a LOT OF people were pretty upset when Pluto got its big demotion. and we get it. It’s nice to have some consistency in a chaotic universe. But it’s time to put that elementary-school nostalgia away and show the icy dwarf planets some love. They’re one of the most exciting things happening in planetary science, especially thanks to the Hubble telescope’s latest discovery: a small, previously undetected moon orbiting the dwarf planet Makemake.
Makemake is way out in the Kuiper belt, a region of space beyond Neptune that’s full of comets and asteroids and other bits of icy space flotsam. It’s one of the five officially-categorized dwarf planets on astronomers’ radar (besides Pluto, there’s Ceres, Eris, and Haumea). Like Pluto, it’s bright enough to see and study, but it’s a bit of a scientific problem child.
Until today, Makemake was the only icy dwarf planet without a moon—and without a known satellite, scientists had no way to calculate its density. On top of that, data from spectral and thermal analyses of the icy rock didn’t line up, making it tough to figure out basic things about its composition. But the discovery of its moon, nicknamed MK2, could fill in a lot of those scientific gaps.
MK2 has gone undetected for so long because of its edge-on orbit, says alex Parker, a planetary scientist at the Southwest Research Institute who worked on the discovery. a lot of the time, the satellite is so close to Makemake that it gets lost in its super-bright glare. “So it’s not that it’s faint, it’s that it’s shy,” Parker says. “It’s always hiding behind Makemake.”
That bashful orbit is probably responsible for the seriously funky readings scientists have been getting from Makemake. From the look of its very small light curve (a measure of brightness as a function of time), “you would think that Makemake was basically smooth, just a white cueball,” Parker says. But thermal observations suggested that Makemake’s surface had dark spots made by different substances.
This Hubble image reveals the first moon ever discovered around the dwarf planet Makemake. The tiny satellite, located just above Makemake in this image, is barely visible because it is almost lost in the glare of the very bright dwarf planet. Hubble’s sharp-eyed WFC3 made the observation in april 2015.Click to Open Overlay Gallery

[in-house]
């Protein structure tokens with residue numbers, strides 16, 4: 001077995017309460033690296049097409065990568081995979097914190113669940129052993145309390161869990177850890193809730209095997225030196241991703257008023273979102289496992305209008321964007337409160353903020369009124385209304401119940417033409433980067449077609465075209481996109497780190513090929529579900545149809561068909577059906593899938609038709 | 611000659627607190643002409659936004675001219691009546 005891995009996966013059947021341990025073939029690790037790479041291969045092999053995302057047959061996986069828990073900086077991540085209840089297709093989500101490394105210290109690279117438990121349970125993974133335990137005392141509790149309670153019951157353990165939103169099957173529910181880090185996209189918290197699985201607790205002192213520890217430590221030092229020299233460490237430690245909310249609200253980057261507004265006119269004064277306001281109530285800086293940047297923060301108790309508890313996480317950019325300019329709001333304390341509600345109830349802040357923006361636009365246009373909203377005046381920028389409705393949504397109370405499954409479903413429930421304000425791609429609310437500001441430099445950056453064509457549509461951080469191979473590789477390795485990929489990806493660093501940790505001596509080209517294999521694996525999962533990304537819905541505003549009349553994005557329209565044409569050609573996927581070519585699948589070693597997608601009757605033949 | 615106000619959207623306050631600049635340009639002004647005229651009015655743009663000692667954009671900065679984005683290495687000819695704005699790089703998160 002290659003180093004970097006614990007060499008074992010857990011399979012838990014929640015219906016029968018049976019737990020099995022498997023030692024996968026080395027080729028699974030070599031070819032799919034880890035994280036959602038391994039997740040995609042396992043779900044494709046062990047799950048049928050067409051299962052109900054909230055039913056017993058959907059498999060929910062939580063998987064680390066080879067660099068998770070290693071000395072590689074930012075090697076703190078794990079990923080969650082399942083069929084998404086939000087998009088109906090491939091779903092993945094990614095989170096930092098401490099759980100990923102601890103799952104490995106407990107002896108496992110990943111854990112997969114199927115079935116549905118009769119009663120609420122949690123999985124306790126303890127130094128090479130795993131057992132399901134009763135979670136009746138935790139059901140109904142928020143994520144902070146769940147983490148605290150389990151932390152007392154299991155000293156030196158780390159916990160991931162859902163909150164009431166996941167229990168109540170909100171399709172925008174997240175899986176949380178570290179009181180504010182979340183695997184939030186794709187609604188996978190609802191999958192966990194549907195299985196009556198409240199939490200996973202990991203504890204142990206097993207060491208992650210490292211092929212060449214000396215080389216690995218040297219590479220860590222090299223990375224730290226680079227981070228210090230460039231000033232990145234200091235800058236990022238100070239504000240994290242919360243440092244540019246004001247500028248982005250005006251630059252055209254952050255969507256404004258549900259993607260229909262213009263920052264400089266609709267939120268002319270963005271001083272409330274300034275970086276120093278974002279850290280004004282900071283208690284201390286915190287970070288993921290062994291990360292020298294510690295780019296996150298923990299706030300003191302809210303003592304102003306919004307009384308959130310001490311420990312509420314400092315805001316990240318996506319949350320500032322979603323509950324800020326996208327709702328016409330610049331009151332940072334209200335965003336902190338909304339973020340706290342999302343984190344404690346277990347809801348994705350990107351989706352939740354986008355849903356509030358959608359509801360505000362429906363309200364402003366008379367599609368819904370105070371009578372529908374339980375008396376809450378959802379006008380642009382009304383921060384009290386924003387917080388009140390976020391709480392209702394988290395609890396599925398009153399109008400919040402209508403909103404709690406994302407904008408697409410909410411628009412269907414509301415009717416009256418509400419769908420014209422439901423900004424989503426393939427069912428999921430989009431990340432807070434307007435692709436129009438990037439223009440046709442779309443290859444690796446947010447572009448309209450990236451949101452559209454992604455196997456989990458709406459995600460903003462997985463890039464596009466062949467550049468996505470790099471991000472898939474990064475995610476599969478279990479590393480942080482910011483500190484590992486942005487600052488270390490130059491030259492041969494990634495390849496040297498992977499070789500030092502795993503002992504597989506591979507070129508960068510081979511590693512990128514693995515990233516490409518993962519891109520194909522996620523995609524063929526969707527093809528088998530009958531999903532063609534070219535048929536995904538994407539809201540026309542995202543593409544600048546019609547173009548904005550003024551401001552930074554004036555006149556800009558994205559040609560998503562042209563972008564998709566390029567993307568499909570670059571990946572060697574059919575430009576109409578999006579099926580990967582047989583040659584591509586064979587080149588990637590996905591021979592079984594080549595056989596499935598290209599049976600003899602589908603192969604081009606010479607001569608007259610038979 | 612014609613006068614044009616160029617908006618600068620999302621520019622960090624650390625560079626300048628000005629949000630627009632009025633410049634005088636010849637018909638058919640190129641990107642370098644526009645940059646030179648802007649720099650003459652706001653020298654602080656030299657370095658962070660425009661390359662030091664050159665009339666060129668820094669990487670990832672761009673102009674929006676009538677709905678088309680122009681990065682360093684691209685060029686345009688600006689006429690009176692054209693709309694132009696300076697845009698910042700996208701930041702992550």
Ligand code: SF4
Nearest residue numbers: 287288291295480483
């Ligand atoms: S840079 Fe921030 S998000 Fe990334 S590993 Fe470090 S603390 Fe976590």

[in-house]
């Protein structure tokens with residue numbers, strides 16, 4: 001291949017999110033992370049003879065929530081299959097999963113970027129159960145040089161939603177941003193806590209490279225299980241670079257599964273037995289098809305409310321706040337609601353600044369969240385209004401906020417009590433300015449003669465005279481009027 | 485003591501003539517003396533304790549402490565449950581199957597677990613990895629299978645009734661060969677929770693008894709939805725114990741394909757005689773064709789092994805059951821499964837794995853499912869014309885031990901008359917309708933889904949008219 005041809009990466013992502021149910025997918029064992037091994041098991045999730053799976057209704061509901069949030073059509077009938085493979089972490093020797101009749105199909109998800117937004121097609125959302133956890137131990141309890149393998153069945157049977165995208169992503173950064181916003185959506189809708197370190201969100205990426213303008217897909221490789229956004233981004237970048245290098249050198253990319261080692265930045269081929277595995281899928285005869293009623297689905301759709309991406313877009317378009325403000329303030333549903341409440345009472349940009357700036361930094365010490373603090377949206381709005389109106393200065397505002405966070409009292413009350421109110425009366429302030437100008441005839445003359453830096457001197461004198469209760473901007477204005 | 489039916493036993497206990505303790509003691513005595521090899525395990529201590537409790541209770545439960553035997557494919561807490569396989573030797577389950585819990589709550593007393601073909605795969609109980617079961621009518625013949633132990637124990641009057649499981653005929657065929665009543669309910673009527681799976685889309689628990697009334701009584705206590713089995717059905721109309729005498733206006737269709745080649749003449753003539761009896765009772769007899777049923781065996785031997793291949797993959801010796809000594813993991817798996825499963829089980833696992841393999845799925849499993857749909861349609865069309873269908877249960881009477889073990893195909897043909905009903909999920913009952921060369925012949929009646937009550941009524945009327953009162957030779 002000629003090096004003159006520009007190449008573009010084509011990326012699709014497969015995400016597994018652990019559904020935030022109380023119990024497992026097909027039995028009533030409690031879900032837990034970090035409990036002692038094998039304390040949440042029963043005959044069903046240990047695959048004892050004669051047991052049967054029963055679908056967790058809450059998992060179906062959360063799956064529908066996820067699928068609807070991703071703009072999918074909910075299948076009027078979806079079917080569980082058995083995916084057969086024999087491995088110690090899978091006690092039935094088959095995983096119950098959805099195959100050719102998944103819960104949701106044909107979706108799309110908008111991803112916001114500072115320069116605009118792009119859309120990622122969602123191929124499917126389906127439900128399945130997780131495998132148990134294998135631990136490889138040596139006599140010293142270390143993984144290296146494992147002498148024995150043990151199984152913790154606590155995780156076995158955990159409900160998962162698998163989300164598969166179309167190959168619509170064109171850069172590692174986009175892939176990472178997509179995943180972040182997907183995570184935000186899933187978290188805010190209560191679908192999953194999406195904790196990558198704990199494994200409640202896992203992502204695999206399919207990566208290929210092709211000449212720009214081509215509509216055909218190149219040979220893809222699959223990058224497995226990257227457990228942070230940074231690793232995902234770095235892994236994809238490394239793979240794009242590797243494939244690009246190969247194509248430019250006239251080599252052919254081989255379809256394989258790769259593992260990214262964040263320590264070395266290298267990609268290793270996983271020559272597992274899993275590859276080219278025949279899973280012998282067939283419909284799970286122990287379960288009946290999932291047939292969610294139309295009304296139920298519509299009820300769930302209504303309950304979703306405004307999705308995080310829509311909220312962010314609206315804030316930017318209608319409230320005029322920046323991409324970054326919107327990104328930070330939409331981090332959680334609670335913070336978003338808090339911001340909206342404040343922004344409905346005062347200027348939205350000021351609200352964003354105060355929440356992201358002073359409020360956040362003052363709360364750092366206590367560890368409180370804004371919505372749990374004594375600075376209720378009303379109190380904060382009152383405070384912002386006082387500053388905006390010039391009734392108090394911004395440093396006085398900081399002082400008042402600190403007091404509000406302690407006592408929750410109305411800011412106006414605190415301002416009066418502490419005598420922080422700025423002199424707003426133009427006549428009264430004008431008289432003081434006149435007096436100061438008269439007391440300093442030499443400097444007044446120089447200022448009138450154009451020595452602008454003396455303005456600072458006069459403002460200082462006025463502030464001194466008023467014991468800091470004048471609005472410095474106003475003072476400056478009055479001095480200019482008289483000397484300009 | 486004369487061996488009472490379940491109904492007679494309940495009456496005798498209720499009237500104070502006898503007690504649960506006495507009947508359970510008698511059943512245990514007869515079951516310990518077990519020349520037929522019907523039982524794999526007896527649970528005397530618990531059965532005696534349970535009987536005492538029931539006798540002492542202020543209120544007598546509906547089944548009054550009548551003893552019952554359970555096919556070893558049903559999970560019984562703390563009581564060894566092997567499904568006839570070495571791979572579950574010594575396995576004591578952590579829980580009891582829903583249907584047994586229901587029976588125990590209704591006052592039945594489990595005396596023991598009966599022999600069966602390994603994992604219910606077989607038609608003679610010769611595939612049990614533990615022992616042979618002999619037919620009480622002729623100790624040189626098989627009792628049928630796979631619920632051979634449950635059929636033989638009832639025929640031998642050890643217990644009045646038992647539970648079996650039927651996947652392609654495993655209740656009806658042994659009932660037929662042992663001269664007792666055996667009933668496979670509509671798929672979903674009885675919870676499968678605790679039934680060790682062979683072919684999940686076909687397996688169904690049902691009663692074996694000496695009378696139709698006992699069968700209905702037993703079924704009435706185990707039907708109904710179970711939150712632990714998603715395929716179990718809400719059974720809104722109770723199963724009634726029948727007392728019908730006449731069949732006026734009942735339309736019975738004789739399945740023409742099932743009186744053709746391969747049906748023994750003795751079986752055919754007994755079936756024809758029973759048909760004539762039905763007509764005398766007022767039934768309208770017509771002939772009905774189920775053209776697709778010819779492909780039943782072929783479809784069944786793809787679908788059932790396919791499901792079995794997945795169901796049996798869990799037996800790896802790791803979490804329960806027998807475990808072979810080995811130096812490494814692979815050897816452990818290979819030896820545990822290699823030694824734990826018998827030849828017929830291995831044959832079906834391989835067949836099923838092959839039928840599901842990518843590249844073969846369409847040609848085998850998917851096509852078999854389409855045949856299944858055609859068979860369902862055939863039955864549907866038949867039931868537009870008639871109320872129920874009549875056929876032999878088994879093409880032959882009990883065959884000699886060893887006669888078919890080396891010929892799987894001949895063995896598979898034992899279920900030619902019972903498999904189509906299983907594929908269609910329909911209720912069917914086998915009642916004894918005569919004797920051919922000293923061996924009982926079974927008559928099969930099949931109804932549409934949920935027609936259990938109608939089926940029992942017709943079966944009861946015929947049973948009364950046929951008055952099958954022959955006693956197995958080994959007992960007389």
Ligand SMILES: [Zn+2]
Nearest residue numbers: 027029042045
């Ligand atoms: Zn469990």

This Hubble image reveals the first moon ever discovered around the dwarf planet Makemake. The tiny satellite, located just above Makemake in this image, is barely visible because it is almost lost in the glare of the very bright dwarf planet. NaSa, ESa, aND a. PaRKER aND M. BUIE (SWRI)
With the discovery of MK2, it seems likely that Makemake’s surface has a uniform coating of methane frost. That means those pesky dark spots throwing off thermal readings are actually just an orbiting moon made of some very dark material—possibly something similar to the dark tarry substance on Pluto’s equator.
That new data will help planetary scientists better understand what ties Pluto and the other icy dwarf planets together—and what distinguishes them. “We’re just starting to understand what these icy dwarf planets are like, and part of that is understanding how different they are,” says Parker. “If they were formed in the same sort of environment, what’s the diversity of outcome?” Until yesterday, it was impossible to understand Makemake in the context of its dwarf siblings, because scientists could never measure its density.
What’s so exciting about density? In space, it has nothing to do with whether something is going to float or sink, and everything to do with unraveling the story of the icy dwarf planets’ origins. Density can give you an idea of the sub-surface composition of a planet and provide a window into its early history.
Pluto, Ceres, and the other dwarf planets seem to have experienced massive collisions at some point in their history. Those run-ins produce planetary shrapnel that can re-accrete into satellites. (The other way to get a satellite is through a process called capture: Scientists think Neptune’s moon Triton is actually a captured Kuiper belt object that drifted too close and got stuck.) The collisions have also left the icy dwarf planets with unusually high densities for Kuiper belt objects, suggesting that the collisions scraped away less-dense surface rock to expose the core.
Planetary scientists aren’t done exploring the dwarf planets and their Kuiper belt home. If all goes according to plan, New Horizons will reach the Kuiper belt object MU69 in 2019, nearly a billion miles beyond Pluto. and if Parker is lucky, MK2 could get its own long-term exploratory mission. “There’s lots of targets in the Kuiper belt to think about,” he says, “but I think this moved Makemake up.” Now that we know about MK2, it’s easier for scientists to plan a flyby—it just might take another two decades to get there.
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